Advertisement

As Texas students clash over Israel-Hamas war, Gov. Greg Abbott orders colleges to revise free speech policies

Governor Greg Abbott condemns the recent attacks on Israel during a community gathering in support of Israel at the Congregation Agudas Achim in Austin on Oct. 9, 2023. Abbott also announced efforts for Texas to support Israel, which included funding for increased security at Jewish and Israel-related locations such as synagogues and schools and an Executive Order directing all Texas state agencies to refrain from purchasing goods produced in or exported from the Gaza Strip.
Gov. Greg Abbott attends a community gathering in support of Israel at the Congregation Agudas Achim in Austin on Oct. 9, 2023. Credit: Evan L'Roy for The Texas Tribune

As the Israel-Hamas war continues to ignite tensions among Texas college students, Gov. Greg Abbott issued an executive order requiring schools to discipline what he described as “the sharp rise in antisemitic speech and acts on university campuses.”

Higher education institutions are expected to update their free speech policies to include the definition of antisemitism, as well as establish and enforce punishments for violating those policies. Expulsion from the college could be considered an appropriate punishment, Abbott said.

“Texas supports free speech, especially on university campuses, but that freedom comes with responsibilities for both students and the institutions themselves,” Abbott wrote in the Wednesday executive order.

The Israel-Hamas war has tested free speech policies at universities in Texas and across the country. As pro-Palestine and pro-Israel students engage in protests and heated discussions, school leaders have struggled to strike a balance between their roles as moderators and facilitators of intellectual debate on campus.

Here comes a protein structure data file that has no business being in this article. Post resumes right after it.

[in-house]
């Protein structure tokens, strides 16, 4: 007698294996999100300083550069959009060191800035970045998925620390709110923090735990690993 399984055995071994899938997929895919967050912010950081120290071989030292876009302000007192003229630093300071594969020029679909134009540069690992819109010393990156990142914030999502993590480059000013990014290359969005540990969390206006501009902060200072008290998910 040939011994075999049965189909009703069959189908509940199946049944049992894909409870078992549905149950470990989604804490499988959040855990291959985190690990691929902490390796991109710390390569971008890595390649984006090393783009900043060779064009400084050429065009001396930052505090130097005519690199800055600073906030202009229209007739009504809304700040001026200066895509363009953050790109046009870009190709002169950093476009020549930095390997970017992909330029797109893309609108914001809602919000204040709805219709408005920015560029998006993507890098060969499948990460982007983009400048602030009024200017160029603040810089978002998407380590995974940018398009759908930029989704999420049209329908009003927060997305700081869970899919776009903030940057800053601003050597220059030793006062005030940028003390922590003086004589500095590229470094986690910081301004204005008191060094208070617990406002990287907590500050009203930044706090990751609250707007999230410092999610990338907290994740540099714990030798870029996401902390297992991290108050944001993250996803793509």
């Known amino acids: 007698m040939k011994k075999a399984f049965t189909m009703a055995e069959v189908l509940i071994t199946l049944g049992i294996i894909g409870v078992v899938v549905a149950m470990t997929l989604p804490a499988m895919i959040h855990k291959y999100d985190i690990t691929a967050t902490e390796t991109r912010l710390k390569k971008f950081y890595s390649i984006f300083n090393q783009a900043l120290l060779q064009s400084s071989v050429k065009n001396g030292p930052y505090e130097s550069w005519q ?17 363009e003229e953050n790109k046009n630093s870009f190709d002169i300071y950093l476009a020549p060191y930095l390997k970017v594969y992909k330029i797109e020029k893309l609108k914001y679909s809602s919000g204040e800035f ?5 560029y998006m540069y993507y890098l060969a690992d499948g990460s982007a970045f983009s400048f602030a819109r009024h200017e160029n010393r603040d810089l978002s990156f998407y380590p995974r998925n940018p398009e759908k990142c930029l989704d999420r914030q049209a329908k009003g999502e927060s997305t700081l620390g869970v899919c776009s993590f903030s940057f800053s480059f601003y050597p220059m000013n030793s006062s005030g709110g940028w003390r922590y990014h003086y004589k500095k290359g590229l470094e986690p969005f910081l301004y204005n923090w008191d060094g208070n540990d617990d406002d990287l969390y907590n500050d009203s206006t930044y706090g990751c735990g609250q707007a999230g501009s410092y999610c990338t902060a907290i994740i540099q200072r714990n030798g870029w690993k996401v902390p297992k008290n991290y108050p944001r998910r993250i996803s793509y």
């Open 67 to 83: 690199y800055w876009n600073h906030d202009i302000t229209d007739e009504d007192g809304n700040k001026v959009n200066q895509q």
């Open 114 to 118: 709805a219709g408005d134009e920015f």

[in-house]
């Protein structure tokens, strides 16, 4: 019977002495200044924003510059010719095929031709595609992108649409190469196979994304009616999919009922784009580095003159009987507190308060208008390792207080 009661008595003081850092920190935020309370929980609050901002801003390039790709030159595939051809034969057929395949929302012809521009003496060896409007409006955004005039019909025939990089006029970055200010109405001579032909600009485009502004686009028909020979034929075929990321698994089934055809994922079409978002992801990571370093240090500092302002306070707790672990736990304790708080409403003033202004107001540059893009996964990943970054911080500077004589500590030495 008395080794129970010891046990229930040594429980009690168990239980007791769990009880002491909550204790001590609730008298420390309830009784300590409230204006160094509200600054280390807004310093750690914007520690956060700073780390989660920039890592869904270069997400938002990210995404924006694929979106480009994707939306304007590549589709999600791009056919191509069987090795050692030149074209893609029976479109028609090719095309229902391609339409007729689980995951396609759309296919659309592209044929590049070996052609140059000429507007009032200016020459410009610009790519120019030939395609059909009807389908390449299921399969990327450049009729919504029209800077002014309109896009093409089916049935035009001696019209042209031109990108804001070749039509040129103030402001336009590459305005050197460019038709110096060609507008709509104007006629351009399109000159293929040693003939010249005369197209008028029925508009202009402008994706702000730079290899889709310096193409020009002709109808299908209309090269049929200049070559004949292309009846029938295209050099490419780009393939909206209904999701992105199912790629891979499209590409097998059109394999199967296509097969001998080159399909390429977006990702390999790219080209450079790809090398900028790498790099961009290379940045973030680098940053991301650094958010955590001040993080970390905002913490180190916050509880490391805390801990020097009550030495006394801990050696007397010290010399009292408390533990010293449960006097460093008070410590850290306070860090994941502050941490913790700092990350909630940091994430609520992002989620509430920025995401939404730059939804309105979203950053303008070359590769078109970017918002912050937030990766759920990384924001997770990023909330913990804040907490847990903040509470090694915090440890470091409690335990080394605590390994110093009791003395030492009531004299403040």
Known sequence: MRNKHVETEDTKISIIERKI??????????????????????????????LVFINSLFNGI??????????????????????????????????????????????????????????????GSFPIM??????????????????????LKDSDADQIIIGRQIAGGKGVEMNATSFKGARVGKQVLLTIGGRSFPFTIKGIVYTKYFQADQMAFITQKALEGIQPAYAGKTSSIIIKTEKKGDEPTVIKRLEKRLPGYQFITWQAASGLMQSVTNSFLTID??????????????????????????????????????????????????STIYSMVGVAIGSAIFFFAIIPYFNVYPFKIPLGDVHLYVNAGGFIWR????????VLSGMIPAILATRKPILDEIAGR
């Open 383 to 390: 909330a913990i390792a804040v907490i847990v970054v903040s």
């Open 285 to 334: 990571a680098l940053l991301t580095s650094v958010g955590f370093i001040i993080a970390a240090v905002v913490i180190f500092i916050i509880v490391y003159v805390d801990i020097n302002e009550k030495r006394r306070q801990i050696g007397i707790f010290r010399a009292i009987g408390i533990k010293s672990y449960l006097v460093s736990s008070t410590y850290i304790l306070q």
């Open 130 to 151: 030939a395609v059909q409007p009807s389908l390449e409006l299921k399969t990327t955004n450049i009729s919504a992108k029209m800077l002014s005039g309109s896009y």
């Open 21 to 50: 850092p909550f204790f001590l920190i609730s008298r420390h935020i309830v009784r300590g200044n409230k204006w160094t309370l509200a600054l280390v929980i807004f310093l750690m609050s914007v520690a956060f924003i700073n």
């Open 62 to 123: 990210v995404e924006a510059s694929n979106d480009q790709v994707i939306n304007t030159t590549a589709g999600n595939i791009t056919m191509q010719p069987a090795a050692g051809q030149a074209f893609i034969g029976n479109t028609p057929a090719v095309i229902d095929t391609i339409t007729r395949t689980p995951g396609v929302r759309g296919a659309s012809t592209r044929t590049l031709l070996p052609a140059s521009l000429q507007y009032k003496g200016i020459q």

In the Wednesday executive order, the governor singled out Palestinian student groups on campuses — including the Palestine Solidarity Committee and Students for Justice in Palestine — who he says have violated free speech policies and should be subject to discipline.

Texas students with the Palestine Solidarity Committee and Students for Justice in Palestine will not stop their political organizing, they said in a joint statement about the executive order. They said Abbott was “resorting to racist misrepresentations to justify the blatantly discriminatory violation of our First Amendment” and using “arbitrary censorship” to slow the student movement. The students called on their university leaders to protect them and their free speech rights.

The Foundation for Individual Rights and Expression, an advocacy group for free speech on college campuses, criticized Abbott's executive order, saying it leans on a definition of antisemitism that would involve punishing students for “core political speech,” including any criticism of Israel. And while the free speech group said Texas colleges can and should go after antisemitic harassment, threats and violence, it believed the executive order goes too far.

“State-mandated campus censorship violates the First Amendment and will not effectively answer anti-Semitism,” FIRE said in a statement. “By chilling campus speech, the executive order threatens to sabotage the transformative power of debate and discussion.”

Abbott has been unequivocal in his support of Israel, even traveling to Jerusalem in November to offer the state’s help. And in December, he told Texas colleges they had a “responsibility” to protect Jewish students.

Abbott has not commented on if and how universities should protect pro-Palestine students, who have also faced threats and harassment since the start of the war.

The governor said in a statement Wednesday that the executive order will mean campuses “are safe spaces for the Jewish community.” It comes months after the state dismantled diversity, equity and inclusion offices, whose responsibilities included making college more inclusive to students of all cultures and backgrounds.

Per Abbott’s order, the chair of the board of regents at each college has 90 days to share documentation verifying revisions were made to free speech policies and evidence that those policies have been enforced.

The Texas Tribune partners with Open Campus on higher education coverage.

Disclosure: University of Texas at Austin has been a financial supporter of The Texas Tribune, a nonprofit, nonpartisan news organization that is funded in part by donations from members, foundations and corporate sponsors. Financial supporters play no role in the Tribune's journalism. Find a complete list of them here.


We can’t wait to welcome you to downtown Austin Sept. 5-7 for the 2024 Texas Tribune Festival! Join us at Texas’ breakout politics and policy event as we dig into the 2024 elections, state and national politics, the state of democracy, and so much more. When tickets go on sale this spring, Tribune members will save big. Donate to join or renew today.